3. Danger of digitizing our interactions, our lives

It’s the process of the frog and the boiling water. Drop the frog into the pot filled with boiling water: it’ll jump out. But if you put it in cold water, and slowly turn the heat up: it’ll stay until it’s too late to jump. In our brave new interconnected world, first came the forums, and they seemed to accumulate our knowledge for good, made getting new friends easy. Than came the chat clients, like MSN Messenger or Skype, with never ending conversations, and the first emojis. And than, all of it together: enter Facebook. The problem here isn’t the obvious one. We spend a lot of time online, and our human relationships degrade, our abilities to communicate deteriorate too.

Besides that we face a really tricky, hidden danger which is connected to the second threat on this list. Not all of human communication are intended to be recorded. In fact, none of it are intended to be recorded. Our species didn’t evolved or been created to use complicated interfaces to interact one another. There should be breaks in our communication’s records, as well as breaks in our time spent online, and it all should be alternated with offline activities. But these breaks are getting scarcer, thus more communication mistakes, reckless emotions, anger, fury and intimate activity leaves its traces in our browser and chat histories. Things that were never intended to be recorded. Remember the second threat: they can be easily fetched by hackers or other wrongdoers.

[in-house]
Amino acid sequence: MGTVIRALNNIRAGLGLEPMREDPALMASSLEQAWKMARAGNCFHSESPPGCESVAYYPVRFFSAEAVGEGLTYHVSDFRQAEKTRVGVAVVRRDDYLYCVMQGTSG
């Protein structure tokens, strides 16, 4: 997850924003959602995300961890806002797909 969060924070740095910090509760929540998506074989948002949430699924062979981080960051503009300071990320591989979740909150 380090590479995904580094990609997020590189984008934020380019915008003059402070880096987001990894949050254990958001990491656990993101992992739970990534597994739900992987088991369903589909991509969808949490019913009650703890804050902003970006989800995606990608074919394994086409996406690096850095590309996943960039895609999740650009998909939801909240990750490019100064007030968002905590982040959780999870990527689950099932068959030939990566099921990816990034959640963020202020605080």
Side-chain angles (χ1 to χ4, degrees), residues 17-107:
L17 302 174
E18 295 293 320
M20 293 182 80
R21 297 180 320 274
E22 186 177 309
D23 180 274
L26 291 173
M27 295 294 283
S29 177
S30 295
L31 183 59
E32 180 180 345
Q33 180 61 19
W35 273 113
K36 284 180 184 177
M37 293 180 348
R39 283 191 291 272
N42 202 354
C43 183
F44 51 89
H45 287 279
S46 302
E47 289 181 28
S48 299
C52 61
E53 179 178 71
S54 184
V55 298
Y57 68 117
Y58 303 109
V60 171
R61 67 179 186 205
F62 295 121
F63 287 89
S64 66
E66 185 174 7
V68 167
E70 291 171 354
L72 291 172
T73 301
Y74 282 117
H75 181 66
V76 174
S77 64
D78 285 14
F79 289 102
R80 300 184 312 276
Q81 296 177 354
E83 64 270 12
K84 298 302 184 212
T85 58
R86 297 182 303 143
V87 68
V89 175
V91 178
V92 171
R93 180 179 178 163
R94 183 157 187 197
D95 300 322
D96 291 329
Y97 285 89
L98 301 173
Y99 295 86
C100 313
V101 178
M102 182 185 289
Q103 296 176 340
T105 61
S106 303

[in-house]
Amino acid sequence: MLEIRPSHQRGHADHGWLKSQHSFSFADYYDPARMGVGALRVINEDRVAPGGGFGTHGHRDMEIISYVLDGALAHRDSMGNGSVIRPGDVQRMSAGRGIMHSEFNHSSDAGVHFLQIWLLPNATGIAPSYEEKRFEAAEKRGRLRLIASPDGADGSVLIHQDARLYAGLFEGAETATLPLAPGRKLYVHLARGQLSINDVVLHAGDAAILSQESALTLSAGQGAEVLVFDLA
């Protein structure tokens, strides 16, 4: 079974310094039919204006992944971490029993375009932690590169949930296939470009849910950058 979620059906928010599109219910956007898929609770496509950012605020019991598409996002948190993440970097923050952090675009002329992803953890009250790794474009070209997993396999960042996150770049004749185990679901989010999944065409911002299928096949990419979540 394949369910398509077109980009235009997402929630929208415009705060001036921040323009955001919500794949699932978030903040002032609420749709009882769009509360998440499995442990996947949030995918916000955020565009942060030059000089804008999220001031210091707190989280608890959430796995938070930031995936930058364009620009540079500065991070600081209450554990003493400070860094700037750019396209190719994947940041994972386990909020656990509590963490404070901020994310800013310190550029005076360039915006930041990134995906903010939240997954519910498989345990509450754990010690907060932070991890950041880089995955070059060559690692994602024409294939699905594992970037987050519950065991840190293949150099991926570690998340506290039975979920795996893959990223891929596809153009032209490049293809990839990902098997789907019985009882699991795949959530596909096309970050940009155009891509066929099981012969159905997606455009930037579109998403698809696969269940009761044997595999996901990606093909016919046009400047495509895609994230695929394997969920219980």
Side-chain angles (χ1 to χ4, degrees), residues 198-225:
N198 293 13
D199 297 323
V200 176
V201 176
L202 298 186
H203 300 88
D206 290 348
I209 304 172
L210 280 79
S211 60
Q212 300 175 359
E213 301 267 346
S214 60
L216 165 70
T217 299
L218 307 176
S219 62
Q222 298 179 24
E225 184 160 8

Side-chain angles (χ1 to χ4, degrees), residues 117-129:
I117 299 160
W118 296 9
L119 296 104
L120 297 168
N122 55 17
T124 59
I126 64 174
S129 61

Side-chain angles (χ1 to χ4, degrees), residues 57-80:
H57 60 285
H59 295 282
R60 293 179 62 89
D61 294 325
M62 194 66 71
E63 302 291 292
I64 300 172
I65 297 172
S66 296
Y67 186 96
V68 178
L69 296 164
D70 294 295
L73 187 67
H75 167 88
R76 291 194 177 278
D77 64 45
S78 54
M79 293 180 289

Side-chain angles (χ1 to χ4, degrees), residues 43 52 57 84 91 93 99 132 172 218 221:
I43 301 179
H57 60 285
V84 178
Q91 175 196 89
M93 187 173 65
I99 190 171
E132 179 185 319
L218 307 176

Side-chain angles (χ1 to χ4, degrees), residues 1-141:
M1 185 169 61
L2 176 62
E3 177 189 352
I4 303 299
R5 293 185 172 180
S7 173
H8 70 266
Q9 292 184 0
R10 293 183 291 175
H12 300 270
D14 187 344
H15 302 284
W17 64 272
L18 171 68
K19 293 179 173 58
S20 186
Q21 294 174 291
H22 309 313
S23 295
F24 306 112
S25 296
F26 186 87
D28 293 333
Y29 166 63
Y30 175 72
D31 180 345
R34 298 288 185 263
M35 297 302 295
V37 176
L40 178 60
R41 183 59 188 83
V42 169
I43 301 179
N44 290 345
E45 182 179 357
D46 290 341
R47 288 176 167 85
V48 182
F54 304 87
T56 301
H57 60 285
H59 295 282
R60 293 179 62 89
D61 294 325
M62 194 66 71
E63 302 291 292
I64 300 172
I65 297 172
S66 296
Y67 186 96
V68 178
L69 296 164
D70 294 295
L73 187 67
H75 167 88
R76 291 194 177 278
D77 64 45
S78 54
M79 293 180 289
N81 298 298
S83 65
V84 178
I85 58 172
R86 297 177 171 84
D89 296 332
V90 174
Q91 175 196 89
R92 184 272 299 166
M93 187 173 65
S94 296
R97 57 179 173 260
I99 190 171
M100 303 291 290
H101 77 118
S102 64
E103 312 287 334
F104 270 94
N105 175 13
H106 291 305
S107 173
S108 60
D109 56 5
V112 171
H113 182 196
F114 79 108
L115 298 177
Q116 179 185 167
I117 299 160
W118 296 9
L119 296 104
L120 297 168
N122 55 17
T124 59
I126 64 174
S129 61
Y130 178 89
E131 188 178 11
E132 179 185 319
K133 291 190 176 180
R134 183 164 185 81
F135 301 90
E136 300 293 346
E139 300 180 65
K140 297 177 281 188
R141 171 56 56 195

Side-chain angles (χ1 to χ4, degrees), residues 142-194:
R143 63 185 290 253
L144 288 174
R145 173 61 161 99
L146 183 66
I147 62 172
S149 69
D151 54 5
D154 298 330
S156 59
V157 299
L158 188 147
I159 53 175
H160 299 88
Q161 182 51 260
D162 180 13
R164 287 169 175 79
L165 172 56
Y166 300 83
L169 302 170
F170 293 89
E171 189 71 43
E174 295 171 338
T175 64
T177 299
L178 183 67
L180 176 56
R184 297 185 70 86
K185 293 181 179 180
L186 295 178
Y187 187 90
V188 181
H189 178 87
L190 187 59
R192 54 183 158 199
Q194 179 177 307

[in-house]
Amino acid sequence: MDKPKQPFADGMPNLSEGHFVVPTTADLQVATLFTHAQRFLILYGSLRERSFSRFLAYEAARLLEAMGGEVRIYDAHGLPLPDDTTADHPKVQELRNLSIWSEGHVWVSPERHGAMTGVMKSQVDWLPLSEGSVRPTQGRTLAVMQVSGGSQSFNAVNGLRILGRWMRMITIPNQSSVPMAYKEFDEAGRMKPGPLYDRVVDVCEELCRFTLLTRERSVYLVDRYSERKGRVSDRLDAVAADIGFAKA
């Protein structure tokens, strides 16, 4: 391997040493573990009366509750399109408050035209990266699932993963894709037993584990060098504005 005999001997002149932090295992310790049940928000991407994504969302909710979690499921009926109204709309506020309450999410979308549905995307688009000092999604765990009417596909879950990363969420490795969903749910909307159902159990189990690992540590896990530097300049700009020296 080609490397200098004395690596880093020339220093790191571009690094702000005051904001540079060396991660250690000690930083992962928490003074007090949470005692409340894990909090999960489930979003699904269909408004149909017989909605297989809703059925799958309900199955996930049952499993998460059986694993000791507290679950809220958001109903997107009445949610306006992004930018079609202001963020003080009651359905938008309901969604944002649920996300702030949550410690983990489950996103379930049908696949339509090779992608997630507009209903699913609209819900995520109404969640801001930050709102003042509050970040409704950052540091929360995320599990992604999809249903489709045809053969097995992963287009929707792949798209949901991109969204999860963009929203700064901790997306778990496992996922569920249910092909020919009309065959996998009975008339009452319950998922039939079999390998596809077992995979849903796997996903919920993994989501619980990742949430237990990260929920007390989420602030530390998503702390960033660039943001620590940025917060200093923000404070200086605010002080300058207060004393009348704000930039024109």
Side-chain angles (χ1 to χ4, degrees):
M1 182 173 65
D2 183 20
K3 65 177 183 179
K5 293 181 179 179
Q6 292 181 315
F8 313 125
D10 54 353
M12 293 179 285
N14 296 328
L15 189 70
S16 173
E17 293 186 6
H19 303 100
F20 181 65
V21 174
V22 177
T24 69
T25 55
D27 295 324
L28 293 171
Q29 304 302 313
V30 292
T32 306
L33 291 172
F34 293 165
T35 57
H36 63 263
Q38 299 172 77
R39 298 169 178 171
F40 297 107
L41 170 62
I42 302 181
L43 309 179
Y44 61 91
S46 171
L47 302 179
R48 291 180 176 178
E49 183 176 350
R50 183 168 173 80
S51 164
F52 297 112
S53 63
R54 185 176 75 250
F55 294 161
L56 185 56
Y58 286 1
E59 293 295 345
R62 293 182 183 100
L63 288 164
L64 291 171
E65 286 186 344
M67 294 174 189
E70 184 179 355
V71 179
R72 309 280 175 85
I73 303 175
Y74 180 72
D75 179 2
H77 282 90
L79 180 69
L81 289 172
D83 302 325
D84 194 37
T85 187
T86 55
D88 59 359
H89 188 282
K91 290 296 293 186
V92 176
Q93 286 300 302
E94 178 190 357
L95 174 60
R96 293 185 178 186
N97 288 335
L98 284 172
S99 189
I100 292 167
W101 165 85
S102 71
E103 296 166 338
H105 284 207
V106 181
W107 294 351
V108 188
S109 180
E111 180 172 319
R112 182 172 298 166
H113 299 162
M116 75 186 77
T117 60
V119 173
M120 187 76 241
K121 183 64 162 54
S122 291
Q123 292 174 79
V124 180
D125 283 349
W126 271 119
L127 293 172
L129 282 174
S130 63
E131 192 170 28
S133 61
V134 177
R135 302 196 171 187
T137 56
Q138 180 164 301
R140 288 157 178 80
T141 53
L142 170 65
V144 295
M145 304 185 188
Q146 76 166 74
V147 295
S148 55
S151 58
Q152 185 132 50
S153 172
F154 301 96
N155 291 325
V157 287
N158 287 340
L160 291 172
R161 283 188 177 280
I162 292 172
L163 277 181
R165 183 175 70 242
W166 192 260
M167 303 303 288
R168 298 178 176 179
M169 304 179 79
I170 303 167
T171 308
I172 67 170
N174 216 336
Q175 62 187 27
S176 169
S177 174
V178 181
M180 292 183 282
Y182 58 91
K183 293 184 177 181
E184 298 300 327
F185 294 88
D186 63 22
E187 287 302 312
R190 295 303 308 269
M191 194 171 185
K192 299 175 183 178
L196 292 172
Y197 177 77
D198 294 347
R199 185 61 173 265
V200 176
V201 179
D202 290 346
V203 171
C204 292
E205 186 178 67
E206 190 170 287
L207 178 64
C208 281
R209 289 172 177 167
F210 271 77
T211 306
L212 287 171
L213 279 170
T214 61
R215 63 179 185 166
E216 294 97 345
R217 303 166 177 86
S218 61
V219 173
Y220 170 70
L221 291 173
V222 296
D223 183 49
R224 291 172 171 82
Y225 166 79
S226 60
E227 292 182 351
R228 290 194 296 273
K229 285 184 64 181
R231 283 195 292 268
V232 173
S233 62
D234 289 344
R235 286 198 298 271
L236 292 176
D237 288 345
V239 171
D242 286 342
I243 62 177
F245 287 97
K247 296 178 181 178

4. Danger of technology-dependence

Our time is clearly a time of great changes in terms of technology and machines used by humans. Never before in known history did we acquired such high level of comfort and scale of possibilities through technology, and we are working really hard to abandon the last effort needed for living, the last barrier: thinking. Professor Stephen Hawking warned us: “The development of full artificial intelligence could spell the end of the human race.”

Bill Gates, Elon Musk, Clive Sinclair agrees with him. Dangers are lurking in giving military control – of lets say nukes or drone swarms – over to Artificial Intelligence, just to reduce the chance error, or shorten reaction times. We are already in big trouble with technological aides. Lets see some crimes and suspects: Millenials grammar and spelling is miserable (auto corrects, smiley symbols), we are all losing the ability to navigate, drivers actually drive their cars to ditches by overruling what their eyes are showing them if told to do so (GPS, route planners), and calculators strips the masses of the skills needed to count in their heads.

No punch line or revelation here. The best advice: just try to live responsibly towards yourself and your loved ones and the environment.

(imager credit: HDWallpapersrock)

About Viktor Justin (42 Articles)

journalist, writer